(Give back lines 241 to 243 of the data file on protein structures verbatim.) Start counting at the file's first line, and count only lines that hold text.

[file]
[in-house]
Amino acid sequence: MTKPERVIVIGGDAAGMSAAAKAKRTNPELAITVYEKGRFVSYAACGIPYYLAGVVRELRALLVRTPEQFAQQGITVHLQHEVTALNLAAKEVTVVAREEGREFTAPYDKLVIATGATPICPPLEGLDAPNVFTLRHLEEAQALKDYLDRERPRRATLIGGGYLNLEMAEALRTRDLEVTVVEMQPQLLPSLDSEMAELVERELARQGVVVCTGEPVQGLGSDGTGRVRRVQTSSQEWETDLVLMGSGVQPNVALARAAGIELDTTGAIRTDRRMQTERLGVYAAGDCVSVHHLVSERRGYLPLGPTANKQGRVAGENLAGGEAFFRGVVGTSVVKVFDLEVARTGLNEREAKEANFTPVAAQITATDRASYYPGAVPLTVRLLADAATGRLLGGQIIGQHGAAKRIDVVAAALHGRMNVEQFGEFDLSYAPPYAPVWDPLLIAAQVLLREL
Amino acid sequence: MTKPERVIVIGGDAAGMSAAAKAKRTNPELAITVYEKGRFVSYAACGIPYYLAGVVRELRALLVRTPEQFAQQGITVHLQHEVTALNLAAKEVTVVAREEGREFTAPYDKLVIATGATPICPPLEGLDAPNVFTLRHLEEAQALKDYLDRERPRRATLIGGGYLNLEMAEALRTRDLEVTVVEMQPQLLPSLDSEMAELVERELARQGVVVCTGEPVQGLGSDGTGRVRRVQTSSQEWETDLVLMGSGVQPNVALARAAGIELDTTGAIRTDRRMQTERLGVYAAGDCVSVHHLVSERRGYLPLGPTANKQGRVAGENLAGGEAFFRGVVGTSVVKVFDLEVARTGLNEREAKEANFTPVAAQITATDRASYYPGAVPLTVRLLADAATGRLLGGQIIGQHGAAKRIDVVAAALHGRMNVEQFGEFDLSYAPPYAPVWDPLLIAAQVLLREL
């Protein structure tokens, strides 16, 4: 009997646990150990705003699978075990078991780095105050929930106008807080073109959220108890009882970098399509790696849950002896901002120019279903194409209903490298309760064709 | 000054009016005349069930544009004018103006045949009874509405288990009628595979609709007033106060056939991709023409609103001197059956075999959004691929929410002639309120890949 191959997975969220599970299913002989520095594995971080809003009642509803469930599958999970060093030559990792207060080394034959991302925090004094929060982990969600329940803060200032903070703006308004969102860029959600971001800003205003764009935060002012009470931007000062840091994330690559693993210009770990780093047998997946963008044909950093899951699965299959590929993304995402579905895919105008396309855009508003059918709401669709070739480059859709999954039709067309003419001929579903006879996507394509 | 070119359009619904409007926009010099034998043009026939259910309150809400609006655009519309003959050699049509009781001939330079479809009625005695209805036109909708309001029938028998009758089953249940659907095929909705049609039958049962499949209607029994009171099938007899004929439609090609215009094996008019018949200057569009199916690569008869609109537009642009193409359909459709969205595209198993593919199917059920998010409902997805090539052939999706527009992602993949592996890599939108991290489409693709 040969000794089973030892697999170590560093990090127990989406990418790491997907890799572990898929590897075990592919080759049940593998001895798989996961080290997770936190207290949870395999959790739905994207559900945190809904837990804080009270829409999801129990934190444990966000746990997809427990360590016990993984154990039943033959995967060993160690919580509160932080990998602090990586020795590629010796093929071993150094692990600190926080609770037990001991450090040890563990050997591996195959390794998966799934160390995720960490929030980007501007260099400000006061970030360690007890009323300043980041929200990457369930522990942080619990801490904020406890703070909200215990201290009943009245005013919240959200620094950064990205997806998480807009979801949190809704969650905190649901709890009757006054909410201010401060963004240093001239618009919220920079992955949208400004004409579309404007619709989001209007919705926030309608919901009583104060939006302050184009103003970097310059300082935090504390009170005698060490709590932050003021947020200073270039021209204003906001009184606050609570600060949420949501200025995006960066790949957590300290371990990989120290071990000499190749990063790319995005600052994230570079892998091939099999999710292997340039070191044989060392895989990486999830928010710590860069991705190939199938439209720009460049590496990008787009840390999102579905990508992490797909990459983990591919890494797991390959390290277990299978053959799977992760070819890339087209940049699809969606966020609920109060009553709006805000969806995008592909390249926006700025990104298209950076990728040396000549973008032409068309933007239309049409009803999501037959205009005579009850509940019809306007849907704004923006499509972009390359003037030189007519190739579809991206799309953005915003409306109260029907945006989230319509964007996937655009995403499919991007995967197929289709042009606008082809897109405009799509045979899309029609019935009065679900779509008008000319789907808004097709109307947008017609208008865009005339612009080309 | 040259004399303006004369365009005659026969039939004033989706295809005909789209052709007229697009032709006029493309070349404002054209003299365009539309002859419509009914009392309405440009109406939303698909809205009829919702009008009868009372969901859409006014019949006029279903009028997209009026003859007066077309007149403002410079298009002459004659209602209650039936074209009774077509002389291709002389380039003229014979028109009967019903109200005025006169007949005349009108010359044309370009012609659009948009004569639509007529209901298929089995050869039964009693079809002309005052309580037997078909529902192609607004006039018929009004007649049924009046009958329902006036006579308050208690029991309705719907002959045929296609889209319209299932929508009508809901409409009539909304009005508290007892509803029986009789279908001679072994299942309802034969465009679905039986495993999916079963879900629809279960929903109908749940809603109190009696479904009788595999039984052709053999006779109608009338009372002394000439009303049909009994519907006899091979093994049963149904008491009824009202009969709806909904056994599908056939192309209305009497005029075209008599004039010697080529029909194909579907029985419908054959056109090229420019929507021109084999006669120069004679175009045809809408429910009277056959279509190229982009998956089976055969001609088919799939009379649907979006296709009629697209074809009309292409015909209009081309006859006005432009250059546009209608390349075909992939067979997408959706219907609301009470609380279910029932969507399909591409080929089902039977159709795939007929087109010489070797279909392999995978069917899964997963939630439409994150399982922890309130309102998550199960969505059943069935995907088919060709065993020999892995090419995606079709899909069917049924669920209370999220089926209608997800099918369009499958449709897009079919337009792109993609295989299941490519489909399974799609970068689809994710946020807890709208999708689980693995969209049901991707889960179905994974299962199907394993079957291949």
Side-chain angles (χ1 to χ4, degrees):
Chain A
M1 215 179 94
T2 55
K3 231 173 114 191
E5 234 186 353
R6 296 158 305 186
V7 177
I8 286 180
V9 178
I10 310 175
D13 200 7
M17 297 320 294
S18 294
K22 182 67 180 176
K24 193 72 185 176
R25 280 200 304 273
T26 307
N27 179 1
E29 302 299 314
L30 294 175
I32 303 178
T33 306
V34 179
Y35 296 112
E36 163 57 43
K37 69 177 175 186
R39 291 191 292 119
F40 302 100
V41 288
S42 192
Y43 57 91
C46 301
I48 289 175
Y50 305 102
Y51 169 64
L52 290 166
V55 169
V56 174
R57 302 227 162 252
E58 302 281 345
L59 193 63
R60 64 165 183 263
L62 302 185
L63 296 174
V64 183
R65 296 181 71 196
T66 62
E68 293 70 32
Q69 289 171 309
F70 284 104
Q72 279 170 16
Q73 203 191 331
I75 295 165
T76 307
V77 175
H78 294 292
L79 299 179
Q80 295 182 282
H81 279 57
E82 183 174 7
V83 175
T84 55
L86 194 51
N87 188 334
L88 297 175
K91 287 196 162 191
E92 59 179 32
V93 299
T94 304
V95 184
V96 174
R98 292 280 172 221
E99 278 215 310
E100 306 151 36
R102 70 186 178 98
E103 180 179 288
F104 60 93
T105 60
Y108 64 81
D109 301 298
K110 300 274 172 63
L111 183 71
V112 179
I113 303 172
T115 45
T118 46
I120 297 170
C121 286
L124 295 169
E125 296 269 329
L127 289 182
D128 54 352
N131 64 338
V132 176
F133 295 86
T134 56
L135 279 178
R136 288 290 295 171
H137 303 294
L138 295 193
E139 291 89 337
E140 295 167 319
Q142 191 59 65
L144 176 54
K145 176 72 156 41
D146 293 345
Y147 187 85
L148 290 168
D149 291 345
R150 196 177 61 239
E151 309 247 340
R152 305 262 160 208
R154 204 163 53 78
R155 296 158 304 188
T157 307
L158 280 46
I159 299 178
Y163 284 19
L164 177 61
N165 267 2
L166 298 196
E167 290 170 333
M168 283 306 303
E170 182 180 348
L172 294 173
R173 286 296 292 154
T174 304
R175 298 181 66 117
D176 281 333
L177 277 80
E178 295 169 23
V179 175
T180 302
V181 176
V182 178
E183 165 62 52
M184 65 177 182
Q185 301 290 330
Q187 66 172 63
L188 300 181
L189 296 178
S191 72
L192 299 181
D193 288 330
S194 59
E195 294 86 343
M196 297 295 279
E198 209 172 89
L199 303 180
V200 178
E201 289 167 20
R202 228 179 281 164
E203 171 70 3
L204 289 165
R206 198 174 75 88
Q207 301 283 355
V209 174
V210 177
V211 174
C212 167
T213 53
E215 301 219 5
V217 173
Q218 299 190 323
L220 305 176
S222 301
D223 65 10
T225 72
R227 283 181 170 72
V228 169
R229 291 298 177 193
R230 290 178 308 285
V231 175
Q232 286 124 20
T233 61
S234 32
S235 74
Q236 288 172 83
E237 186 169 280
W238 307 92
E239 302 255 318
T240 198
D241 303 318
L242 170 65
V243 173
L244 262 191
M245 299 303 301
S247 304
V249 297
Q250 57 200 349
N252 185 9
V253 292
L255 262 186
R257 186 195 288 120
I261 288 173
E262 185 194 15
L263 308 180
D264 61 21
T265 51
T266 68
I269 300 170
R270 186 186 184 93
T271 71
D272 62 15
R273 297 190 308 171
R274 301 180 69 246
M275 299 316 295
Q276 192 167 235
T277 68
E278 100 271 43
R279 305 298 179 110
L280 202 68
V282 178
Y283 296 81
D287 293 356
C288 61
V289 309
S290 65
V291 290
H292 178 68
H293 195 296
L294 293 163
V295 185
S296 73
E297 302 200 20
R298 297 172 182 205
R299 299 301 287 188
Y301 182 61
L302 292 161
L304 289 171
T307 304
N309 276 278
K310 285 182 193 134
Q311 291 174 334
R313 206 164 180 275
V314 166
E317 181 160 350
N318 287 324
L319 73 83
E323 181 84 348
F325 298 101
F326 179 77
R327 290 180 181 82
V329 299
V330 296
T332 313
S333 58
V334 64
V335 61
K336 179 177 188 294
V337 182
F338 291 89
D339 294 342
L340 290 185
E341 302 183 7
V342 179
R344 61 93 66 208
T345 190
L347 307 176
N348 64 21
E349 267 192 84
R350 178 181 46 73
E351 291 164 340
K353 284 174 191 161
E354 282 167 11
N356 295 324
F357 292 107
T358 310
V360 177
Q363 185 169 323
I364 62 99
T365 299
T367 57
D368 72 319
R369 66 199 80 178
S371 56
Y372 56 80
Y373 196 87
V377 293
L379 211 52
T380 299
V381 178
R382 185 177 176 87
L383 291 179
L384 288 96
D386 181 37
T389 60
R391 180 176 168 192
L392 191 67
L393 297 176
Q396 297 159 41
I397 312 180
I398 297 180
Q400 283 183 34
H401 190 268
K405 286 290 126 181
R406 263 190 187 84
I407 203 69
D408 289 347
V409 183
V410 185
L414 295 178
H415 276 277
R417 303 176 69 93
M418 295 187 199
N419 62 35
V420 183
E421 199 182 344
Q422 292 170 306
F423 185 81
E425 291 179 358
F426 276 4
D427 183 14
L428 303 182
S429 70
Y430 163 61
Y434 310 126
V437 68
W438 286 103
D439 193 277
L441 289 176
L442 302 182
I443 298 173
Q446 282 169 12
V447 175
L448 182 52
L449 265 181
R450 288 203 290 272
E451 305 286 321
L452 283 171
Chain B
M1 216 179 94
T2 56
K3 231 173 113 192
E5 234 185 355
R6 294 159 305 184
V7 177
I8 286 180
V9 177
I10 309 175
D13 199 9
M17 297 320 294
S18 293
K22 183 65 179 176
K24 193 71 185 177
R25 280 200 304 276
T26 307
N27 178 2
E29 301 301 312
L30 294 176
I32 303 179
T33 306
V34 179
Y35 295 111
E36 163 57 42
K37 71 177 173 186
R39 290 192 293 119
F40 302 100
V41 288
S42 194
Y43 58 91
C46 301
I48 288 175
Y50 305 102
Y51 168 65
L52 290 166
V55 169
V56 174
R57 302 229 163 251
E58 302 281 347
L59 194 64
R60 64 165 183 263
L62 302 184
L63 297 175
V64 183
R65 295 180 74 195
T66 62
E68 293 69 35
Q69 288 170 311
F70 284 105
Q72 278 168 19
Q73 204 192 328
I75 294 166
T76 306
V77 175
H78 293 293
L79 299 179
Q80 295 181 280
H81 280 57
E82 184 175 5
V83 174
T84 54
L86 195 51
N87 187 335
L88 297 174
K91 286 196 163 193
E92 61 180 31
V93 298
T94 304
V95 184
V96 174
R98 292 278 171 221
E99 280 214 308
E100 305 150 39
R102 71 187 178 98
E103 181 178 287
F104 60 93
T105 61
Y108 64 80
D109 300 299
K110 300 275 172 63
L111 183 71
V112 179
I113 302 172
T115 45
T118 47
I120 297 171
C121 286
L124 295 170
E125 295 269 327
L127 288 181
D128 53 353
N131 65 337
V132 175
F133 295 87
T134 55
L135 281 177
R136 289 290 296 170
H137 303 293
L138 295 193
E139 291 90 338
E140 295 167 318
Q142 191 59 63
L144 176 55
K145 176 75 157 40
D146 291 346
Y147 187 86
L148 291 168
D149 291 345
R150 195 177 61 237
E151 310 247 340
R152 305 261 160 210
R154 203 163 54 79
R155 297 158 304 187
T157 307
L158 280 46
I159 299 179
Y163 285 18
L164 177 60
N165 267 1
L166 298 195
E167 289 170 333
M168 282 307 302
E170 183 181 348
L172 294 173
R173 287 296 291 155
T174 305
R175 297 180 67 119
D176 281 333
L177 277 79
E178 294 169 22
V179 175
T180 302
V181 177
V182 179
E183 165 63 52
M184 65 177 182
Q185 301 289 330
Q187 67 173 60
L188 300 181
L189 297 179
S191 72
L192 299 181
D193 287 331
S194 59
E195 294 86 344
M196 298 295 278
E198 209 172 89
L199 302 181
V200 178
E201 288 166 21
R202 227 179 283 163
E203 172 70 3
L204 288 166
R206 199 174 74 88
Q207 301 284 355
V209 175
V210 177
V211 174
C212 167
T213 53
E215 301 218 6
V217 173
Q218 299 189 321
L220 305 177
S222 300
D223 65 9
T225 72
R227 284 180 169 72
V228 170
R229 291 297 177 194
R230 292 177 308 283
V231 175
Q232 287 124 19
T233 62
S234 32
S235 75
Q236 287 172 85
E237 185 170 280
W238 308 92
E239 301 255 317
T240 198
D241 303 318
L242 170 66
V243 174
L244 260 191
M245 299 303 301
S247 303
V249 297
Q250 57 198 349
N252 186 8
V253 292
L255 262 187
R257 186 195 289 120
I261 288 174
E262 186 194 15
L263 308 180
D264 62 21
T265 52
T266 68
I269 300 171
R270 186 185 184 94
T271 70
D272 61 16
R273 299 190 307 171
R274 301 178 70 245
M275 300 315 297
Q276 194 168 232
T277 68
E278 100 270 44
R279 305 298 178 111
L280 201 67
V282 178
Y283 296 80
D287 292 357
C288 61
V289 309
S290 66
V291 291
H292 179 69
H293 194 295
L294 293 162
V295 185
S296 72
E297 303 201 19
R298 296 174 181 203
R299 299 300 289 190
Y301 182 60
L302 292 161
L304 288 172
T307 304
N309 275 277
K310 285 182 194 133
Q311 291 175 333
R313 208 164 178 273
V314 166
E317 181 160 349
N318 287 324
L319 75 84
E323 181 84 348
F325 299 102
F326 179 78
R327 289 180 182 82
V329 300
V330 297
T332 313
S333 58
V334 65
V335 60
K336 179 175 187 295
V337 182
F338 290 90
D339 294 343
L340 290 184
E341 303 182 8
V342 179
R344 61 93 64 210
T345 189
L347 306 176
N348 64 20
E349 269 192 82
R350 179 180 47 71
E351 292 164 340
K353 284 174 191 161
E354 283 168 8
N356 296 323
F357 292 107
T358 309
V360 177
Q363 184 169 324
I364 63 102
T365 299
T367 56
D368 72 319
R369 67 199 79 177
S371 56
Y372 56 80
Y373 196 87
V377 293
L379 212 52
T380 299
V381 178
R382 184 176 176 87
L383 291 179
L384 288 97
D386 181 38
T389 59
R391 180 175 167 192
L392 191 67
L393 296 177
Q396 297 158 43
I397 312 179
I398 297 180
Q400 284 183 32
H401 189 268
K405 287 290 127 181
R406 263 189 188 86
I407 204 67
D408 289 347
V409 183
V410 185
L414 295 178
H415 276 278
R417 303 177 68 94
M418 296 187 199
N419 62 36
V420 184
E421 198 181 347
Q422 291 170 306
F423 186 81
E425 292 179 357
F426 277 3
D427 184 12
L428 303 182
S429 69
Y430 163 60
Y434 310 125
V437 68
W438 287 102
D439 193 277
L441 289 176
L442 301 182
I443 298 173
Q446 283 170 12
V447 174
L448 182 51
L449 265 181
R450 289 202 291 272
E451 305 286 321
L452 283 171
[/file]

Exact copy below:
V314 166
E317 181 160 350
N318 287 324